Interpretive Independence: The Irrelevance of Judicial Selection and Retention Methods to State Statutory Interpretation
47 Pages Posted: 12 Jul 2014 Last revised: 15 Sep 2021
Date Written: July 9, 2014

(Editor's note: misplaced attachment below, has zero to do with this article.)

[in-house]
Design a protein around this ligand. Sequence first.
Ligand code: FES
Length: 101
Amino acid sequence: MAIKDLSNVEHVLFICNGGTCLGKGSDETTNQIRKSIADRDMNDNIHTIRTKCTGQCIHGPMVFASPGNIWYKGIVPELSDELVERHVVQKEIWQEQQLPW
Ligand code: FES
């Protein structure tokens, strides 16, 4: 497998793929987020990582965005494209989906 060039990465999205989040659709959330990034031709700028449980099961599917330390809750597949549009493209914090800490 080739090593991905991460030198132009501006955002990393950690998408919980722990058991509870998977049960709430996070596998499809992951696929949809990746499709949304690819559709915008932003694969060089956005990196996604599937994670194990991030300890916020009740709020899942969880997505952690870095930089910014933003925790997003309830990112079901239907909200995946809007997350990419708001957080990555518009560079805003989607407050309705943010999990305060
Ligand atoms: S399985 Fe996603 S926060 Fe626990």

Examining the relationship between the legislature and the judiciary in the statutory interpretation process on the state level illuminates a positive theory of common law courts’ independence. This article presents new empirical work that suggests a legislature’s attempt to codify the way in which a court interprets statutes has little influence over a judiciary’s sense of institutional independence. Moreover, neither the method of selection or retention of the judges, their term lengths, the method prescribed by statute, nor the type of claim being litigated correlates with the judiciary’s reception of the statutes codifying methods of interpretation. These findings have a few implications. First, the data shows judicial pushback to legislative interpretive directives at a fairly consistent rate regardless of selection and retention methods. In other words, all types of judicial selection and retention methods seem to share this type of institutional judicial independence. Second, while institutional ownership over interpretation appears unified across many variables like method of judicial selection, retention, term length, and type of claim; methodological choice in any given case is quite flexible, as shown by the trend of methodological disagreement in all states. Statutory interpretation is made up of both institutional and methodological components; institutionally the interpretive exercise appears firm, while methodologically it is flexible.
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